Nigeria`s president requests extension to state of emergency

Nigeria`s President Goodluck Jonathan asked the country`s parliament today for a six-month extension to the state of emergency in three northeastern states riven by Islamist militant violence.

Abuja: Nigeria`s President Goodluck Jonathan asked the country`s parliament today for a six-month extension to the state of emergency in three northeastern states riven by Islamist militant violence.

"I most respectfully request the distinguished senators to consider and approve by resolution an extension of the proclamation of the state of emergency in Adamawa, Borno and Yobe states by a further term of six months from the date of expiration of the current time," Jonathan wrote in a letter.

Jonathan`s request, which was widely expected, came on the eve of the first anniversary of the declaration of a six-month state of emergency designed to curb the threat posed by Boko Haram fighters.

"The security situation in the three states remains daunting, albeit to varying degrees, in the face of persistent attacks by members of the Boko Haram sects on civilian and military targets with alarming casualty rates," Jonathan said in the letter.

His request, six months after a first extension, will likely give ammunition to critics who say that the government has failed to tackle the Boko Haram threat effectively.

"Emergency rule has not been able to achieve its objective of stopping the Boko Haram insurgency. The sect has become more daring and deadly. The government should not further curtail the freedom of the people by an extension," said Dapo Thomas, a political commentator from Lagos State University.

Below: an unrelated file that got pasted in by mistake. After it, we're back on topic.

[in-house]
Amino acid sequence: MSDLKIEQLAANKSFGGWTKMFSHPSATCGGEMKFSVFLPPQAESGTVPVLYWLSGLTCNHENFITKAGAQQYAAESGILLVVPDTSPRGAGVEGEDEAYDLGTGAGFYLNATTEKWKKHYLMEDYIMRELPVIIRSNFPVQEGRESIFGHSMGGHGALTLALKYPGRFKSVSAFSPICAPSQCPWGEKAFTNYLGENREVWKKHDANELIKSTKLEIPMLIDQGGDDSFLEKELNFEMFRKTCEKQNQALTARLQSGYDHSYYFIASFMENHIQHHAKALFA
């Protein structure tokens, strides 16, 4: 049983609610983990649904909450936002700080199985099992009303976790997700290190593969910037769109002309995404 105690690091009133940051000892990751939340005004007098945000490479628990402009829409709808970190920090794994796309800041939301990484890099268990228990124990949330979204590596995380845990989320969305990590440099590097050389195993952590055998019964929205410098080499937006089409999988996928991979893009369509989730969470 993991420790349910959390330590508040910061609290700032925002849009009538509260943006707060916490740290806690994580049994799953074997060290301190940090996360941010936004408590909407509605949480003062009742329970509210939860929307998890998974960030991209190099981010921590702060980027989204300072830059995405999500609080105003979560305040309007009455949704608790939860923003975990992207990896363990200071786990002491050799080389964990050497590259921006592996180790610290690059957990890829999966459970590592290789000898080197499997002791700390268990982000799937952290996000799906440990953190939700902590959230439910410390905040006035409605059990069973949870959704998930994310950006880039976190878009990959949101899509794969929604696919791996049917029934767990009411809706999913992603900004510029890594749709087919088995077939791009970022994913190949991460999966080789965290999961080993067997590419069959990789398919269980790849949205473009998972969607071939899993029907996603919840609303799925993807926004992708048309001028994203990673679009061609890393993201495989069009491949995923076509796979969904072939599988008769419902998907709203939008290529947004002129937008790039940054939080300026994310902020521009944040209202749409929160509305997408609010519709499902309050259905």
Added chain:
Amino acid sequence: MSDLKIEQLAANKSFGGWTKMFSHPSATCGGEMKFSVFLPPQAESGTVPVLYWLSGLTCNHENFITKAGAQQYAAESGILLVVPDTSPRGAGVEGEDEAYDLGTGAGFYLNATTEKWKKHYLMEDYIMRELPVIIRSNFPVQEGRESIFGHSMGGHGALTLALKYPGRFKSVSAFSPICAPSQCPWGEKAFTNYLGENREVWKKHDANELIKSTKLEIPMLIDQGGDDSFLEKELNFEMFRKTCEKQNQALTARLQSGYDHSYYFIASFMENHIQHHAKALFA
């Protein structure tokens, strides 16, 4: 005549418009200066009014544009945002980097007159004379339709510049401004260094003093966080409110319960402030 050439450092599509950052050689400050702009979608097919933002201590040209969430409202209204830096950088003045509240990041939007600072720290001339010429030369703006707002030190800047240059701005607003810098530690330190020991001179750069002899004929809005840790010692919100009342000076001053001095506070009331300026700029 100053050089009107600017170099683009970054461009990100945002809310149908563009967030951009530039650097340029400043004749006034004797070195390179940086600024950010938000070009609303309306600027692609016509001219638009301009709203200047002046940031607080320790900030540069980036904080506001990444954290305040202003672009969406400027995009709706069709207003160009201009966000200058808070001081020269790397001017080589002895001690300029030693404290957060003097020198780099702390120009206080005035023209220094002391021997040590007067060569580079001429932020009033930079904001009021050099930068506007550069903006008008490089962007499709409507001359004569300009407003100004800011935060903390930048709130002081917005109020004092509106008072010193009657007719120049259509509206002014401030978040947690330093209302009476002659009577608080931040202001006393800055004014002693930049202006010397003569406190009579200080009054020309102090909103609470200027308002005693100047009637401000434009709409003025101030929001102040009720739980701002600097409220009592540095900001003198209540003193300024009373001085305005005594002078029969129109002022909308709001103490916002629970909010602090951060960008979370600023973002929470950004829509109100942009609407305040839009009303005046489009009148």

A month ago, militant fighters kidnapped 276 girls from a secondary school in the town of Chibok, Borno state, which has led to global outrage and an international effort to rescue the 223 still missing.

Boko Haram analyst Jacob Zenn, based at the Jamestown foundation in the US, agreed that the last year of emergency rule had yielded almost no positive results and a six-month extension was unlikely to improve the situation.
"Nigeria would have to totally revamp its security apparatus in order to make further gains against the Islamists," Zenn said.
Lawmakers unanimously approved a request to extend the state of emergency by a further six months on November 7 last year after Jonathan said the threat had not been contained.

Since then, Boko Haram attacks have increased and largely focused on civilians rather than previous targets such as government, police and military installations.

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